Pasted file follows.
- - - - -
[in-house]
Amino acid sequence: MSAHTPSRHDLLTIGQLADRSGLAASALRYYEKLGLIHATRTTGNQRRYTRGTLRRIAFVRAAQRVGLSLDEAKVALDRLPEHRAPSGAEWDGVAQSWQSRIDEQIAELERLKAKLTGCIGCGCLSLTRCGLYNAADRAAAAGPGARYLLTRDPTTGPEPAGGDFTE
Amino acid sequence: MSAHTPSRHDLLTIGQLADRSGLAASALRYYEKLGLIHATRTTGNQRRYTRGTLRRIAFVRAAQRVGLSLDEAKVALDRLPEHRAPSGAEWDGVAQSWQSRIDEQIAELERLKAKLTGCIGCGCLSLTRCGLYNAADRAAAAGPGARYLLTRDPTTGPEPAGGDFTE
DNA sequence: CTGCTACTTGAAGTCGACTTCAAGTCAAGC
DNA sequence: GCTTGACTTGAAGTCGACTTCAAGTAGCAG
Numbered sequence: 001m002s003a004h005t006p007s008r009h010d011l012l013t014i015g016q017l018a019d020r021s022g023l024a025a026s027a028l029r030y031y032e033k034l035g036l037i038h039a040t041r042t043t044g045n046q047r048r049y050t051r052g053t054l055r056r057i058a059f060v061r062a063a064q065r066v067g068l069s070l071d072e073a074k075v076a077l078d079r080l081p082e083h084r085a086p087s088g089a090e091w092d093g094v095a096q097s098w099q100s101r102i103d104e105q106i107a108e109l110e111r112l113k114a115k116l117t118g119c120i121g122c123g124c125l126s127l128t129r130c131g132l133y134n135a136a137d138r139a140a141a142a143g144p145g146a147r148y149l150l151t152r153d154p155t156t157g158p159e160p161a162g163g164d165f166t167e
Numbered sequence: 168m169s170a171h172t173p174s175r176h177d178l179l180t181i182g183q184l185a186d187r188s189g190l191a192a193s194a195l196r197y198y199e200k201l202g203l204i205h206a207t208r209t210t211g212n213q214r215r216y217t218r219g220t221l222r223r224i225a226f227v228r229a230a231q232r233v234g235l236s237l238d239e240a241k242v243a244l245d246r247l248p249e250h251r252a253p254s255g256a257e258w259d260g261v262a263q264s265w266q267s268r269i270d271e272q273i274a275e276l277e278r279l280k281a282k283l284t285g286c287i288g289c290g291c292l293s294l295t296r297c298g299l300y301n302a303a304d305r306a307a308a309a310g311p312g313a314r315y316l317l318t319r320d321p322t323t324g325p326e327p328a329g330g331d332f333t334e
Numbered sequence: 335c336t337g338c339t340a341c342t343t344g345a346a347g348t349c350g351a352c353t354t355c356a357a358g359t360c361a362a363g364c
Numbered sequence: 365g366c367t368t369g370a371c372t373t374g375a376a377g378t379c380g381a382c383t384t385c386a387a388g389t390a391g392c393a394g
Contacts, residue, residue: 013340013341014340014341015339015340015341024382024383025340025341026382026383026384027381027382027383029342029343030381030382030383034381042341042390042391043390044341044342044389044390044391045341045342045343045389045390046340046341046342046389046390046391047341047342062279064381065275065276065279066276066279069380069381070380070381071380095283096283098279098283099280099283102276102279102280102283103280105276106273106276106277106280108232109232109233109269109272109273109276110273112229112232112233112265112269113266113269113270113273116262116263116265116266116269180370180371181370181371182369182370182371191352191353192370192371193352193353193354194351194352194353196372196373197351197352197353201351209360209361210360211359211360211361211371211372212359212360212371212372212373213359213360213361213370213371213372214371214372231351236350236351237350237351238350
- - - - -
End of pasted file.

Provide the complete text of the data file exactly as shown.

[in-house]
Amino acid sequence: MSAHTPSRHDLLTIGQLADRSGLAASALRYYEKLGLIHATRTTGNQRRYTRGTLRRIAFVRAAQRVGLSLDEAKVALDRLPEHRAPSGAEWDGVAQSWQSRIDEQIAELERLKAKLTGCIGCGCLSLTRCGLYNAADRAAAAGPGARYLLTRDPTTGPEPAGGDFTE
Amino acid sequence: MSAHTPSRHDLLTIGQLADRSGLAASALRYYEKLGLIHATRTTGNQRRYTRGTLRRIAFVRAAQRVGLSLDEAKVALDRLPEHRAPSGAEWDGVAQSWQSRIDEQIAELERLKAKLTGCIGCGCLSLTRCGLYNAADRAAAAGPGARYLLTRDPTTGPEPAGGDFTE
DNA sequence: CTGCTACTTGAAGTCGACTTCAAGTCAAGC
DNA sequence: GCTTGACTTGAAGTCGACTTCAAGTAGCAG
Numbered sequence: 001m002s003a004h005t006p007s008r009h010d011l012l013t014i015g016q017l018a019d020r021s022g023l024a025a026s027a028l029r030y031y032e033k034l035g036l037i038h039a040t041r042t043t044g045n046q047r048r049y050t051r052g053t054l055r056r057i058a059f060v061r062a063a064q065r066v067g068l069s070l071d072e073a074k075v076a077l078d079r080l081p082e083h084r085a086p087s088g089a090e091w092d093g094v095a096q097s098w099q100s101r102i103d104e105q106i107a108e109l110e111r112l113k114a115k116l117t118g119c120i121g122c123g124c125l126s127l128t129r130c131g132l133y134n135a136a137d138r139a140a141a142a143g144p145g146a147r148y149l150l151t152r153d154p155t156t157g158p159e160p161a162g163g164d165f166t167e
Numbered sequence: 168m169s170a171h172t173p174s175r176h177d178l179l180t181i182g183q184l185a186d187r188s189g190l191a192a193s194a195l196r197y198y199e200k201l202g203l204i205h206a207t208r209t210t211g212n213q214r215r216y217t218r219g220t221l222r223r224i225a226f227v228r229a230a231q232r233v234g235l236s237l238d239e240a241k242v243a244l245d246r247l248p249e250h251r252a253p254s255g256a257e258w259d260g261v262a263q264s265w266q267s268r269i270d271e272q273i274a275e276l277e278r279l280k281a282k283l284t285g286c287i288g289c290g291c292l293s294l295t296r297c298g299l300y301n302a303a304d305r306a307a308a309a310g311p312g313a314r315y316l317l318t319r320d321p322t323t324g325p326e327p328a329g330g331d332f333t334e
Numbered sequence: 335c336t337g338c339t340a341c342t343t344g345a346a347g348t349c350g351a352c353t354t355c356a357a358g359t360c361a362a363g364c
Numbered sequence: 365g366c367t368t369g370a371c372t373t374g375a376a377g378t379c380g381a382c383t384t385c386a387a388g389t390a391g392c393a394g
Contacts, residue, residue: 013340013341014340014341015339015340015341024382024383025340025341026382026383026384027381027382027383029342029343030381030382030383034381042341042390042391043390044341044342044389044390044391045341045342045343045389045390046340046341046342046389046390046391047341047342062279064381065275065276065279066276066279069380069381070380070381071380095283096283098279098283099280099283102276102279102280102283103280105276106273106276106277106280108232109232109233109269109272109273109276110273112229112232112233112265112269113266113269113270113273116262116263116265116266116269180370180371181370181371182369182370182371191352191353192370192371193352193353193354194351194352194353196372196373197351197352197353201351209360209361210360211359211360211361211371211372212359212360212371212372212373213359213360213361213370213371213372214371214372231351236350236351237350237351238350